When you become a parent at some point you will have an epiphany that your mom and dad were big fat liars when you were growing up. They made up stories about Santa, the Easter Bunny, the Tooth Fairy and even concocted elaborate schemes to keep you from suspecting the truth. They told you too much TV will rot your brain when the truth is they just wanted you out of the house so they could have 5 minutes of peace.  They also said babies are made when 2 people love each other get married and leave out that it can also happen when there is too much booze involved to take the proper precautions, or when the condom breaks. 

All parents do this. It is a survival tactic. If you say you don’t lie to your kids then you are a dirty F’n liar; lying to yourself and everyone around you.


How to Sort Through Your Kid's Classroom Folder in 12 Easy Steps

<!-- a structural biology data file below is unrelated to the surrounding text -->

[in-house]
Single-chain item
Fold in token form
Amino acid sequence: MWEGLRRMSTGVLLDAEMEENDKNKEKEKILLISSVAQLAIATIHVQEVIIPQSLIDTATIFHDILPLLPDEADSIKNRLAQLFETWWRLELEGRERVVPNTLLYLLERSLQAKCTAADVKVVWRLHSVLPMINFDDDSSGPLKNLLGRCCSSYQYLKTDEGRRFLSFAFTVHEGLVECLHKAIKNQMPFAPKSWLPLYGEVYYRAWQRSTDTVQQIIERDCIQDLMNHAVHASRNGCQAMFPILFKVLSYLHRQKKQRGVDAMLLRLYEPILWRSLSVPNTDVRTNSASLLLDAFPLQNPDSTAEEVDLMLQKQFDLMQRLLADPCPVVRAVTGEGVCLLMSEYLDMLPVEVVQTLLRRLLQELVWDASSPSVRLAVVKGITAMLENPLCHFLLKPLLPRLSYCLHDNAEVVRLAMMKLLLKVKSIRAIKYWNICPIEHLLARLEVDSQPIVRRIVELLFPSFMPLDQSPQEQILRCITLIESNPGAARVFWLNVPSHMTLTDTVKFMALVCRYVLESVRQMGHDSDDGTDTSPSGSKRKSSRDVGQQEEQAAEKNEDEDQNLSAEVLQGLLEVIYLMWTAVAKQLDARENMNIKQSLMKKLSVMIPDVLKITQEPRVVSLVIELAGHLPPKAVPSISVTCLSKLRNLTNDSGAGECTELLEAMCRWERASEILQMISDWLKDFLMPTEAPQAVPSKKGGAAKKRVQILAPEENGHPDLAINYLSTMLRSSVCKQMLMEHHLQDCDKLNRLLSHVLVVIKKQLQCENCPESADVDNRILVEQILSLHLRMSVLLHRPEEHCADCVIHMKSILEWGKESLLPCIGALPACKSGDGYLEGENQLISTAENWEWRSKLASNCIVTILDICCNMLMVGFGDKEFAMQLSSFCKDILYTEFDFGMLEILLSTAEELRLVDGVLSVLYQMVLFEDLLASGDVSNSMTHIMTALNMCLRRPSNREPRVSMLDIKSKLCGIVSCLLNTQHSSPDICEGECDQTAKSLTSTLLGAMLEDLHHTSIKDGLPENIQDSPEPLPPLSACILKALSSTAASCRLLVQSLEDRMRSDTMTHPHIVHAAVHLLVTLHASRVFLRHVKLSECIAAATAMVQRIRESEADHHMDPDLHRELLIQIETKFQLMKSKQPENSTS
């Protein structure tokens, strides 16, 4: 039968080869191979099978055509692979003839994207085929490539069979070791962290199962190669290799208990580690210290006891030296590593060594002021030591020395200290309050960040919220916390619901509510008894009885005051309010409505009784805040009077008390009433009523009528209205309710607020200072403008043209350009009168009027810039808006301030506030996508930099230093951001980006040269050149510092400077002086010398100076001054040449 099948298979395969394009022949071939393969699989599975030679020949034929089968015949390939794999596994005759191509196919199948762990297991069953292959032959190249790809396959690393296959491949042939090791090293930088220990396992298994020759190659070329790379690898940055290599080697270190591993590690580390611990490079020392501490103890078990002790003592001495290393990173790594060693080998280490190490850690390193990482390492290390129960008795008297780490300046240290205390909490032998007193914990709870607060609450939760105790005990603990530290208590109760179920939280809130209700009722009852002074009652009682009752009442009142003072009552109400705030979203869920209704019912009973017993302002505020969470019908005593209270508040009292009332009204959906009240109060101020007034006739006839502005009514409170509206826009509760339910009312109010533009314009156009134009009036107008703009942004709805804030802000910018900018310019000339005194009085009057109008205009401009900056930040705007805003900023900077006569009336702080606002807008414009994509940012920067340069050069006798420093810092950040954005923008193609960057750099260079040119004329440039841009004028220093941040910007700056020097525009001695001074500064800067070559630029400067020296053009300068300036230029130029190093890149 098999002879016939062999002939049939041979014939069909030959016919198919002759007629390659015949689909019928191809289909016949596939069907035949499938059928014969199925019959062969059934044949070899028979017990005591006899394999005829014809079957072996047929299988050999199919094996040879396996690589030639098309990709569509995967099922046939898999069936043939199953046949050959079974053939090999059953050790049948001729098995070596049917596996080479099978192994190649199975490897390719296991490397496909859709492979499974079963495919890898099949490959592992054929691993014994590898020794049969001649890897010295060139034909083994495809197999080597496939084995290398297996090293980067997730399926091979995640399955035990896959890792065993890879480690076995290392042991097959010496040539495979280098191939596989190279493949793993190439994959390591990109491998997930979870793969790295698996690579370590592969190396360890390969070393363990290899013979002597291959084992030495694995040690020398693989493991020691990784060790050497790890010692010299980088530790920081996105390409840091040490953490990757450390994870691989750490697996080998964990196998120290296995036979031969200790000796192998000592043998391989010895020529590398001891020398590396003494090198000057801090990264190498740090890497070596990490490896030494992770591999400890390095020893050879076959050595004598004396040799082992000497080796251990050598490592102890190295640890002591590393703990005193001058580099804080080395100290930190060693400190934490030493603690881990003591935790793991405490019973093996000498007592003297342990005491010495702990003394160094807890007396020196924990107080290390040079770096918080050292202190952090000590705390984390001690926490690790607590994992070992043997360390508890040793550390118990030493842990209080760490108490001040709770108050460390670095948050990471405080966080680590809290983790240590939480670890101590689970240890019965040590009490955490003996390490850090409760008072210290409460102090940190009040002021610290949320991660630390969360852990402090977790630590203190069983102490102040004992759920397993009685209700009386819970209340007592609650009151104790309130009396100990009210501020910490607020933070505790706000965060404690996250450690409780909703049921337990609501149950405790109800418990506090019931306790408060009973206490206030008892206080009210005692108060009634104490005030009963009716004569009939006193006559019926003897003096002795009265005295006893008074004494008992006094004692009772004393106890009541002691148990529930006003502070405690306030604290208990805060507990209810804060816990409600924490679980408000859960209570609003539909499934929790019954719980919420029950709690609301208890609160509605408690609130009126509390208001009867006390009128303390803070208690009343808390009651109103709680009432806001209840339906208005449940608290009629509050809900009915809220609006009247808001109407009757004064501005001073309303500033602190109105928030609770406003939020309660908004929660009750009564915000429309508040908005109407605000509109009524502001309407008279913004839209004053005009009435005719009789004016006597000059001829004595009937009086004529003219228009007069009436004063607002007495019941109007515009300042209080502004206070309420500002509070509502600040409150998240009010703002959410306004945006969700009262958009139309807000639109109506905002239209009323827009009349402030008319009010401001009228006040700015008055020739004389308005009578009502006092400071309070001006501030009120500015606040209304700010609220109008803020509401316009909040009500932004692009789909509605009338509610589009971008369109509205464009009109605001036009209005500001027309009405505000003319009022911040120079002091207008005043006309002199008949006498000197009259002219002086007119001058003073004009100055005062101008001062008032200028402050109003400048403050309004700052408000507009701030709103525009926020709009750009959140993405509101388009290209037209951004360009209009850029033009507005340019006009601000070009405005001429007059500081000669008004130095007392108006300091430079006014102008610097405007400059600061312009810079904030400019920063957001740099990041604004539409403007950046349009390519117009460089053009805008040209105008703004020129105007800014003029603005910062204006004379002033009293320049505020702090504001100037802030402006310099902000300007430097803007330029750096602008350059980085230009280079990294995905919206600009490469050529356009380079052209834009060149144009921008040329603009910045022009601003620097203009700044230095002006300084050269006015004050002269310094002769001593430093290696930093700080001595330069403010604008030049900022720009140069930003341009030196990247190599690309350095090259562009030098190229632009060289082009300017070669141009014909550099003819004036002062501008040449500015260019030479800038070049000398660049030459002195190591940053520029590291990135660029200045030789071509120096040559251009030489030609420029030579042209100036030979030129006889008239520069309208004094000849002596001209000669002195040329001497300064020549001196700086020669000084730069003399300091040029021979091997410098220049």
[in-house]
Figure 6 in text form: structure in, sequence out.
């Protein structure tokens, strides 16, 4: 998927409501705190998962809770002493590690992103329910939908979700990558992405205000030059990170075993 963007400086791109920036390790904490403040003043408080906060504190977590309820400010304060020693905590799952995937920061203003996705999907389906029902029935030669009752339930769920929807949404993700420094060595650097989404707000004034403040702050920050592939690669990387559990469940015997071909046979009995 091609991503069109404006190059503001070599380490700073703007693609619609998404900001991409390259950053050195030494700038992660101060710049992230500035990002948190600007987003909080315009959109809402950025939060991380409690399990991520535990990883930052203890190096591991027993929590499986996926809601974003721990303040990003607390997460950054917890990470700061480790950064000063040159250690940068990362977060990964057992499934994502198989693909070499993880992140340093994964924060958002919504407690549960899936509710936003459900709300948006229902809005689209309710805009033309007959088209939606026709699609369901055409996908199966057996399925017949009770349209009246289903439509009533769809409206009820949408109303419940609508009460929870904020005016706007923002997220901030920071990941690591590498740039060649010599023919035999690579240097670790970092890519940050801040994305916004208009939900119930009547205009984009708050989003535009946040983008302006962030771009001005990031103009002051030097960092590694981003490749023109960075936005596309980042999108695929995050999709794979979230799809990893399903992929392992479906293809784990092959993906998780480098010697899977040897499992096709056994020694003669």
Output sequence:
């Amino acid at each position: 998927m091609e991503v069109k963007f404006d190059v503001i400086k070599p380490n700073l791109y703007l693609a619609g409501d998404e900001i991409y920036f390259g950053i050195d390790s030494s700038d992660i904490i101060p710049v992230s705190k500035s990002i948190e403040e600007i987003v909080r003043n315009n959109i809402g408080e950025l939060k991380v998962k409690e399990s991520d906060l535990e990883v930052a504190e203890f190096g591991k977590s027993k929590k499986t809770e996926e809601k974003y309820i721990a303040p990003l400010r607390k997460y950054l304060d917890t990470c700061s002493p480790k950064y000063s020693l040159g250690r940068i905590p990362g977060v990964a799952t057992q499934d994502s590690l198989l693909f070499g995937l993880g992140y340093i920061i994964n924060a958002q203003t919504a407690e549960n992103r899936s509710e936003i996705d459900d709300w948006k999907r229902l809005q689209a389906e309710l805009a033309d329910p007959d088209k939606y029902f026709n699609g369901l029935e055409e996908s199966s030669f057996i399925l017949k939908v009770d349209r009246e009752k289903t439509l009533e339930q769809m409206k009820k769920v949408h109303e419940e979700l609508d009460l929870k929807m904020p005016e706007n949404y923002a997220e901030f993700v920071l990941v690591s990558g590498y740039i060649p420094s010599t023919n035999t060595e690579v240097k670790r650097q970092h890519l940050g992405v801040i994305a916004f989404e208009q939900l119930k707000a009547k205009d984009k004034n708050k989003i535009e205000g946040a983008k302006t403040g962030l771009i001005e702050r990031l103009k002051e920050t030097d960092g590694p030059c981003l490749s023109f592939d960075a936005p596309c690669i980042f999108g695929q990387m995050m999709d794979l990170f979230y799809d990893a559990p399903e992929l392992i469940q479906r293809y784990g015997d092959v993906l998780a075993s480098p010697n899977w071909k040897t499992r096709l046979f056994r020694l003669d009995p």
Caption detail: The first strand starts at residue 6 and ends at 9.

Every afternoon when my kids come home from school, they barrel up the stairs, unzip their backpacks, pull out their half eaten lunches, and thrust their classroom folders in my general direction at precisely the same time.
It’s a pivotal moment. The contents of the dreaded classroom folder will dictate how the rest of my day and evening goes. In other words, there is a direct correlation between the cornucopia of shit that comes out of there and the amount of stress I’m going to have to endure.
But now that my oldest is in fifth grade, I’ve had a few years to figure out a sorting system that’s really made a difference. Believe me the last thing you want do is just open up the folder and go through it willy-nilly. That’s what the dumb moms do.

The Mediocre Mom's Guide to Surviving Kids



So you’ve got kids. Wishing someone had sufficiently warned you about just how much they can test your sanity? I understand. Life’s pretty tolerable when they’re at school, but when they’re not? Things can get hairy. (No, really. Why is there fucking hair all over the bathroom floor?) Look. As much as you’d like to keep them there, they have to come home once in a while, which means you have to suit up for battle.

The key to surviving this shit is in not giving a fuck. About pretty much anything. Okay with being the World’s Okayest Mom? Excellent. Then this is for you: The Mediocre Mom’s Guide to Surviving Kids. Take notes. (Or don’t. That shit’s for overachievers anyway.)

Mom Jealousy